That night we have confirmation that little Alex is growing inside me. Just six weeks or so after we are putting our lives back together, we’re thrown a little curve ball (I have the opposite of a fertility problem). I spend several nights in the ER with strange bleeding and take lots of progesterone. I start a new job and don’t tell them I’m pregnant because I really need the job at the time (plus it was none of their business right then). A few days later the U. S. is attacked while I am home with Roland, sick with an ear infection and sleeping on the sofa with me. My parents get stranded in Iowa, where my mom has been celebrating her fiftieth birthday with her twin sister. My brother is…well, I know what my brother was doing that day but I’ll never tell. I’m a good sister that way.
A few days after that I am walking downtown from my office to the Cathedral of St. Paul for a special Mass. We sing “Finlandia” and I cry, and it becomes my favorite song. I trip and fall because I am stupid, wearing wedge sandals and having all the grace of a woman newly pregnant and taking hormones.
Later in September, Roland and I attend one of Ben’s autocross races. I see the daughter of someone who can’t be our friend any more and she comes to talk to me. She’s just turned 10 and we dance around why we can’t all be friends and she plays with Roland.
I’m telling you this because sometimes things seem like they’ll never change. But our lives are not static. Seven years after I had a breakdown and my marriage was on the rock to be sacrificed, I can look back in wonder that we survived. Things were bad. I am fortunate enough to be married to someone who gets angry but isn’t willing to give up. We now have a work-in-progress marriage (which in truth is what marriage is about–working, progressing) that is enriching for us and encouraging for our children–three kids who are fabulously splendid, even when the youngest does yell “nipple!” across the swimming pool so every teenager there can hear it.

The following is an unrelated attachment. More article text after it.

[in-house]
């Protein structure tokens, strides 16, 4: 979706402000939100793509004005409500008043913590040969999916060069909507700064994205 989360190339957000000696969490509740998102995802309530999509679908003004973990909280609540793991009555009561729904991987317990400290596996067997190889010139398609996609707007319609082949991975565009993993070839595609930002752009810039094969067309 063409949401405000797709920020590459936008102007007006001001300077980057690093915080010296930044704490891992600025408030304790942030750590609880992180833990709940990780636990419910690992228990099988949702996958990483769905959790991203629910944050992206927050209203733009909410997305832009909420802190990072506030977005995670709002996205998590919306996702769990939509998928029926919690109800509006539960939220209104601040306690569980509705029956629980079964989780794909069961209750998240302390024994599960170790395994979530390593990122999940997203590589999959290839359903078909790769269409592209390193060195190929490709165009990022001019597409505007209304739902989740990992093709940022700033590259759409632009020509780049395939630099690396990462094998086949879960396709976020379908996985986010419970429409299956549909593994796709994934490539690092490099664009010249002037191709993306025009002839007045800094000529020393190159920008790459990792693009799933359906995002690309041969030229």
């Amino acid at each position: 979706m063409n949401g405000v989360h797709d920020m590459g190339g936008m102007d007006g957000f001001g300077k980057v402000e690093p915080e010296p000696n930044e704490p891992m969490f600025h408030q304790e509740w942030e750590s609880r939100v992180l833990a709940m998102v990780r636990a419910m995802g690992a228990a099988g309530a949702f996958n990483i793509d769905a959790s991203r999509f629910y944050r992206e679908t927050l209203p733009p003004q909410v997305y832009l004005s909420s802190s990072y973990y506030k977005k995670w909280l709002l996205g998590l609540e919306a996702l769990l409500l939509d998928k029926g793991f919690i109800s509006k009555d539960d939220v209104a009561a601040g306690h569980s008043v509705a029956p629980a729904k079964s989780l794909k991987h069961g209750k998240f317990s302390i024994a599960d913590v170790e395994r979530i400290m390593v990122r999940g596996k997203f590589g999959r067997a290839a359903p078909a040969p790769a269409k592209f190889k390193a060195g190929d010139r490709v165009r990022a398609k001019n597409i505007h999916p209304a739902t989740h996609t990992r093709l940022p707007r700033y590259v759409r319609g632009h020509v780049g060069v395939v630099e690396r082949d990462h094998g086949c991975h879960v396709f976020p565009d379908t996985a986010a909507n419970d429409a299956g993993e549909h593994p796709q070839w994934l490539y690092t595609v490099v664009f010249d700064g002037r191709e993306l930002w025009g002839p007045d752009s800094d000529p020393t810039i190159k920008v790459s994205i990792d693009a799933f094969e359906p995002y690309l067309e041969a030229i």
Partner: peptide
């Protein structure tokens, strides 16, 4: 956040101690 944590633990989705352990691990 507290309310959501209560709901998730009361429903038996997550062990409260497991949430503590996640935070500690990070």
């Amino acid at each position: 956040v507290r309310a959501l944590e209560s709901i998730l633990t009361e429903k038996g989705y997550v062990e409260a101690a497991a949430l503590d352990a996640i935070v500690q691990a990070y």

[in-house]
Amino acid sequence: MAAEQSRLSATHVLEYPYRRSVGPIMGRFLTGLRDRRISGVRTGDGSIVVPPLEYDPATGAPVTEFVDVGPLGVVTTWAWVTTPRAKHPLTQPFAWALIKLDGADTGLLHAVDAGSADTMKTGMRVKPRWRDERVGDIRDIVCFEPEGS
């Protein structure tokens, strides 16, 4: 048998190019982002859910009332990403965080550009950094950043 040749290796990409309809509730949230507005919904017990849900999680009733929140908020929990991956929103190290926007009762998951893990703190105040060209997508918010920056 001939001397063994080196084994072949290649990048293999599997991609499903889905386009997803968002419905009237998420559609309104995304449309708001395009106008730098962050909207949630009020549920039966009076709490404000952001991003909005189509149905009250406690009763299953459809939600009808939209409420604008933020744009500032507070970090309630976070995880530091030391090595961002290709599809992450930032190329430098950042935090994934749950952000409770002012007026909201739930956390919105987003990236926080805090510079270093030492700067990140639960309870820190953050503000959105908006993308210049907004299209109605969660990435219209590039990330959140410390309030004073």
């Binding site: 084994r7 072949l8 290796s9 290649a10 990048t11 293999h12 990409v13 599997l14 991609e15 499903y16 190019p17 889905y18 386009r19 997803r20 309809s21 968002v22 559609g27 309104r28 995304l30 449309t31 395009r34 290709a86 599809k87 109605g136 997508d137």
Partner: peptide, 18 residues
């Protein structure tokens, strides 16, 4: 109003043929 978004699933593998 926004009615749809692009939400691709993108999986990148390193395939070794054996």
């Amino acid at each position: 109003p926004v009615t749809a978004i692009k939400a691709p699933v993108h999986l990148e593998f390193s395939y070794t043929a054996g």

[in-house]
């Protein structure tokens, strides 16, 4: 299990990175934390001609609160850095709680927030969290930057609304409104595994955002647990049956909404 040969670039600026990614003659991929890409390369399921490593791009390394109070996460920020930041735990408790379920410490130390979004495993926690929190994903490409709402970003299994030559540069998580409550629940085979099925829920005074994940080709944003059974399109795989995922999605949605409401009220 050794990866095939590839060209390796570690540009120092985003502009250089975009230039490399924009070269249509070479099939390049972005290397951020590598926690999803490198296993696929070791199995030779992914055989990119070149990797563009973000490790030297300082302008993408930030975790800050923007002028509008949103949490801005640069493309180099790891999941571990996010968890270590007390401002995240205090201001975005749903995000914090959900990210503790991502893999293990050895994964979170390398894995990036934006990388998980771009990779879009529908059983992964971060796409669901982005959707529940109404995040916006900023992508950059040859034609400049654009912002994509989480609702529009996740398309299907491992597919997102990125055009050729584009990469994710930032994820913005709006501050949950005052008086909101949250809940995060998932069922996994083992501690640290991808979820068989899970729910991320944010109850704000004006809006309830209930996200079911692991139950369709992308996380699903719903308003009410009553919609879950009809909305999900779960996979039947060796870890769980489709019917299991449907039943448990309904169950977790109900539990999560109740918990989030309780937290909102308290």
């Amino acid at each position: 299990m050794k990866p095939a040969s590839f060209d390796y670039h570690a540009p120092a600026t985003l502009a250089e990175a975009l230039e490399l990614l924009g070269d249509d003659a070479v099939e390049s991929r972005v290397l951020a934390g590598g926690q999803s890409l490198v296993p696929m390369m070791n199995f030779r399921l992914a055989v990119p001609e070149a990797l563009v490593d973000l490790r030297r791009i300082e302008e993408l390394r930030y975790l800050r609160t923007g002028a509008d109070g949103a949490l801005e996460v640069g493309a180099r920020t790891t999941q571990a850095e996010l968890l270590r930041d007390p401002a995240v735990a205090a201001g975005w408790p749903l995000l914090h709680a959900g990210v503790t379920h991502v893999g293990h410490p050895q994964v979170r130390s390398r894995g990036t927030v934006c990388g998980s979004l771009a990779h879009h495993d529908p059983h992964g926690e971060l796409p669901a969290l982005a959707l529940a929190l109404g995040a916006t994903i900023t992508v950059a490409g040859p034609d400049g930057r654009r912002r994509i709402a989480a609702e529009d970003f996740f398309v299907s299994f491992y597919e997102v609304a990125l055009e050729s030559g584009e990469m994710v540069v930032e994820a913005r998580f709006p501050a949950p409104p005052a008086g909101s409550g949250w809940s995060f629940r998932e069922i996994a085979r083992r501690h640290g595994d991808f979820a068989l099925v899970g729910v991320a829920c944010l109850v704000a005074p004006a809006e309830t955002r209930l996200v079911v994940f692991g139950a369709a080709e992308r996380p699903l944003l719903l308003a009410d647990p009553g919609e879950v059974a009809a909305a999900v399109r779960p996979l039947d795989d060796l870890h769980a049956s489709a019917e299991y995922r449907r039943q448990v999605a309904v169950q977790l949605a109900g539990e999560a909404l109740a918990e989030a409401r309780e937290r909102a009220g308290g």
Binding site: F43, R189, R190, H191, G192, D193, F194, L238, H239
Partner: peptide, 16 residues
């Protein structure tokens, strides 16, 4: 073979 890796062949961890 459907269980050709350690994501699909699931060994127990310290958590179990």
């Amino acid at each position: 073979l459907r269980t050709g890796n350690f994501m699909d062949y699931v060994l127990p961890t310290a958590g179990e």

I’m proud to be a survivor. There’s no ribbon to put on my car or door that says, “I survived a near-divorce” or “I am surviving my wife’s lifelong psychiatric disorder and will continue to do so until we are both dead.” But I can proudly bear the scars and keep on living this life I’ve chosen, where things are far from perfect but always good enough, and always tinged with love, patience, affection, and respect.
I watched it in the original language with English subtitles, but the English-language version is not too bad, too. I did watch parts of it just so I could tell you how aggravating I think dubbed-over films are, but it wasn’t bad at all. Some terms are really lost in translation, though, so sometimes it’s better to hear the French and read the convoluted English subtitle, because in the context of the film it just makes sense.
A fear I had when I was six (and worried about into my twenties): what if the number six is really the number two? Then everything is wrong.